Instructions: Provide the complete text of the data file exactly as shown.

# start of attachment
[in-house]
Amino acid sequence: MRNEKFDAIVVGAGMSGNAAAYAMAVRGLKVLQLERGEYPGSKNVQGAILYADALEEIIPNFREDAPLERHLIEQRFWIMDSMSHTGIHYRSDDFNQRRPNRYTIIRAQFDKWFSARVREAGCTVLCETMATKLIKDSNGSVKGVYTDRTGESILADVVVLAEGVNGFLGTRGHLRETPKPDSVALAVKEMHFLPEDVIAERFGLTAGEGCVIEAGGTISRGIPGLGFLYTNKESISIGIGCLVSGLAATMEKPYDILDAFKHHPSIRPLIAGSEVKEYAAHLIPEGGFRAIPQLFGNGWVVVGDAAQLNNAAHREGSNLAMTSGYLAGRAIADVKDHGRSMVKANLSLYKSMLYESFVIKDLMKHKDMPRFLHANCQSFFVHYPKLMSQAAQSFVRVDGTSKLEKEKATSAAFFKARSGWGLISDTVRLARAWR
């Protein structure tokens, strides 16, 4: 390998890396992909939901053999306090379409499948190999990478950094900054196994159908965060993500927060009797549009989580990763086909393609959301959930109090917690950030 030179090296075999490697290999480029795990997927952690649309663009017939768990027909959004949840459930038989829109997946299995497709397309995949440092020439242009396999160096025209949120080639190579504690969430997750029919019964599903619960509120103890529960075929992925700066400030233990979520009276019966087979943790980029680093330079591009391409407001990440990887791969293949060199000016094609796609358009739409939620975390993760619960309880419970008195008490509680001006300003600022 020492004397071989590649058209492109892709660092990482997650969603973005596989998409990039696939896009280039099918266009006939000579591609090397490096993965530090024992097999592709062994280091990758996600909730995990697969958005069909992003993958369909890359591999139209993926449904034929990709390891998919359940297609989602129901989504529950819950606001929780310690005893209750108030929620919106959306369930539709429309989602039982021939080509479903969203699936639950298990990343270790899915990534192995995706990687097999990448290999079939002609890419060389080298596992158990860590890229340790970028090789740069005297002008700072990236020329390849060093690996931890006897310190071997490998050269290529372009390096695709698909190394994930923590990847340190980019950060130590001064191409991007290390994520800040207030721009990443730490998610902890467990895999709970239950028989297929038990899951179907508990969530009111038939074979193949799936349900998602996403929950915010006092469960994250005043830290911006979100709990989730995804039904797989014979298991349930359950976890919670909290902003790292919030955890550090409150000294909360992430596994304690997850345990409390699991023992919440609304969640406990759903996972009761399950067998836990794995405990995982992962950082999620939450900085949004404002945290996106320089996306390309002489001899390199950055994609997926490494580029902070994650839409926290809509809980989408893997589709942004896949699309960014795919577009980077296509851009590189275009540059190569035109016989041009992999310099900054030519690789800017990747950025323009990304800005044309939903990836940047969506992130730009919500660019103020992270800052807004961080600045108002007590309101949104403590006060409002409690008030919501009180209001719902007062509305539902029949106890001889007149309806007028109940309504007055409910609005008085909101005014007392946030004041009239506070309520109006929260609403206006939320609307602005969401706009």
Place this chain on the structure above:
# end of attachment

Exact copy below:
[in-house]
Amino acid sequence: MRNEKFDAIVVGAGMSGNAAAYAMAVRGLKVLQLERGEYPGSKNVQGAILYADALEEIIPNFREDAPLERHLIEQRFWIMDSMSHTGIHYRSDDFNQRRPNRYTIIRAQFDKWFSARVREAGCTVLCETMATKLIKDSNGSVKGVYTDRTGESILADVVVLAEGVNGFLGTRGHLRETPKPDSVALAVKEMHFLPEDVIAERFGLTAGEGCVIEAGGTISRGIPGLGFLYTNKESISIGIGCLVSGLAATMEKPYDILDAFKHHPSIRPLIAGSEVKEYAAHLIPEGGFRAIPQLFGNGWVVVGDAAQLNNAAHREGSNLAMTSGYLAGRAIADVKDHGRSMVKANLSLYKSMLYESFVIKDLMKHKDMPRFLHANCQSFFVHYPKLMSQAAQSFVRVDGTSKLEKEKATSAAFFKARSGWGLISDTVRLARAWR
């Protein structure tokens, strides 16, 4: 390998890396992909939901053999306090379409499948190999990478950094900054196994159908965060993500927060009797549009989580990763086909393609959301959930109090917690950030 030179090296075999490697290999480029795990997927952690649309663009017939768990027909959004949840459930038989829109997946299995497709397309995949440092020439242009396999160096025209949120080639190579504690969430997750029919019964599903619960509120103890529960075929992925700066400030233990979520009276019966087979943790980029680093330079591009391409407001990440990887791969293949060199000016094609796609358009739409939620975390993760619960309880419970008195008490509680001006300003600022 020492004397071989590649058209492109892709660092990482997650969603973005596989998409990039696939896009280039099918266009006939000579591609090397490096993965530090024992097999592709062994280091990758996600909730995990697969958005069909992003993958369909890359591999139209993926449904034929990709390891998919359940297609989602129901989504529950819950606001929780310690005893209750108030929620919106959306369930539709429309989602039982021939080509479903969203699936639950298990990343270790899915990534192995995706990687097999990448290999079939002609890419060389080298596992158990860590890229340790970028090789740069005297002008700072990236020329390849060093690996931890006897310190071997490998050269290529372009390096695709698909190394994930923590990847340190980019950060130590001064191409991007290390994520800040207030721009990443730490998610902890467990895999709970239950028989297929038990899951179907508990969530009111038939074979193949799936349900998602996403929950915010006092469960994250005043830290911006979100709990989730995804039904797989014979298991349930359950976890919670909290902003790292919030955890550090409150000294909360992430596994304690997850345990409390699991023992919440609304969640406990759903996972009761399950067998836990794995405990995982992962950082999620939450900085949004404002945290996106320089996306390309002489001899390199950055994609997926490494580029902070994650839409926290809509809980989408893997589709942004896949699309960014795919577009980077296509851009590189275009540059190569035109016989041009992999310099900054030519690789800017990747950025323009990304800005044309939903990836940047969506992130730009919500660019103020992270800052807004961080600045108002007590309101949104403590006060409002409690008030919501009180209001719902007062509305539902029949106890001889007149309806007028109940309504007055409910609005008085909101005014007392946030004041009239506070309520109006929260609403206006939320609307602005969401706009």
Place this chain on the structure above: